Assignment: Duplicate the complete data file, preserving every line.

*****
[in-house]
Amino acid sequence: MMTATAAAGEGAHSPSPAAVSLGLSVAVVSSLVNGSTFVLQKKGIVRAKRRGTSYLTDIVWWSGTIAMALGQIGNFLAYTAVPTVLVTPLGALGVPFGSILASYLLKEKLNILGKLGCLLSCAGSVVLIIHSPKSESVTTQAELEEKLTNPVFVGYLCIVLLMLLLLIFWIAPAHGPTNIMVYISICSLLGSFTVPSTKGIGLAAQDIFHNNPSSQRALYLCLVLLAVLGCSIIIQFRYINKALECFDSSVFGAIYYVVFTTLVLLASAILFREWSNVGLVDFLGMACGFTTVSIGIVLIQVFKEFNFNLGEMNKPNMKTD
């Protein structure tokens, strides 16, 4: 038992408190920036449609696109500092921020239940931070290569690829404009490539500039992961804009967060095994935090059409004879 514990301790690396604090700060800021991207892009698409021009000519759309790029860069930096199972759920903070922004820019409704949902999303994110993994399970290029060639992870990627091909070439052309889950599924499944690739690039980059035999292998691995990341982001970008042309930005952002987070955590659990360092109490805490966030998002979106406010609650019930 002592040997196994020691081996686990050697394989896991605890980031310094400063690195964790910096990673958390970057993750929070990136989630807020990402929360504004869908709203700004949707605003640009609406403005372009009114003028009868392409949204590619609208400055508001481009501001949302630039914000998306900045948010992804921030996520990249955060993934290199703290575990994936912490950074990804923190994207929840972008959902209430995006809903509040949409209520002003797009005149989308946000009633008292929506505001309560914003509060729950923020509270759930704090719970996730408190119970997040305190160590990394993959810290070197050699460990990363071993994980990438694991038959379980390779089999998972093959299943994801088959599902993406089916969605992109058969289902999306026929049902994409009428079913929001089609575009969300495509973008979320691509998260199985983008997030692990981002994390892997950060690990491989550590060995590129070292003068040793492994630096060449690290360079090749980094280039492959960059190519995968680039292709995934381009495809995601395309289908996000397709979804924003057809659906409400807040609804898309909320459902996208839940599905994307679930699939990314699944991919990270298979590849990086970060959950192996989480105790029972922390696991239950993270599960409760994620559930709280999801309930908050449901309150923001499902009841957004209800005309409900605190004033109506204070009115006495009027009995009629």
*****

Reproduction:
[in-house]
Amino acid sequence: MMTATAAAGEGAHSPSPAAVSLGLSVAVVSSLVNGSTFVLQKKGIVRAKRRGTSYLTDIVWWSGTIAMALGQIGNFLAYTAVPTVLVTPLGALGVPFGSILASYLLKEKLNILGKLGCLLSCAGSVVLIIHSPKSESVTTQAELEEKLTNPVFVGYLCIVLLMLLLLIFWIAPAHGPTNIMVYISICSLLGSFTVPSTKGIGLAAQDIFHNNPSSQRALYLCLVLLAVLGCSIIIQFRYINKALECFDSSVFGAIYYVVFTTLVLLASAILFREWSNVGLVDFLGMACGFTTVSIGIVLIQVFKEFNFNLGEMNKPNMKTD
């Protein structure tokens, strides 16, 4: 038992408190920036449609696109500092921020239940931070290569690829404009490539500039992961804009967060095994935090059409004879 514990301790690396604090700060800021991207892009698409021009000519759309790029860069930096199972759920903070922004820019409704949902999303994110993994399970290029060639992870990627091909070439052309889950599924499944690739690039980059035999292998691995990341982001970008042309930005952002987070955590659990360092109490805490966030998002979106406010609650019930 002592040997196994020691081996686990050697394989896991605890980031310094400063690195964790910096990673958390970057993750929070990136989630807020990402929360504004869908709203700004949707605003640009609406403005372009009114003028009868392409949204590619609208400055508001481009501001949302630039914000998306900045948010992804921030996520990249955060993934290199703290575990994936912490950074990804923190994207929840972008959902209430995006809903509040949409209520002003797009005149989308946000009633008292929506505001309560914003509060729950923020509270759930704090719970996730408190119970997040305190160590990394993959810290070197050699460990990363071993994980990438694991038959379980390779089999998972093959299943994801088959599902993406089916969605992109058969289902999306026929049902994409009428079913929001089609575009969300495509973008979320691509998260199985983008997030692990981002994390892997950060690990491989550590060995590129070292003068040793492994630096060449690290360079090749980094280039492959960059190519995968680039292709995934381009495809995601395309289908996000397709979804924003057809659906409400807040609804898309909320459902996208839940599905994307679930699939990314699944991919990270298979590849990086970060959950192996989480105790029972922390696991239950993270599960409760994620559930709280999801309930908050449901309150923001499902009841957004209800005309409900605190004033109506204070009115006495009027009995009629």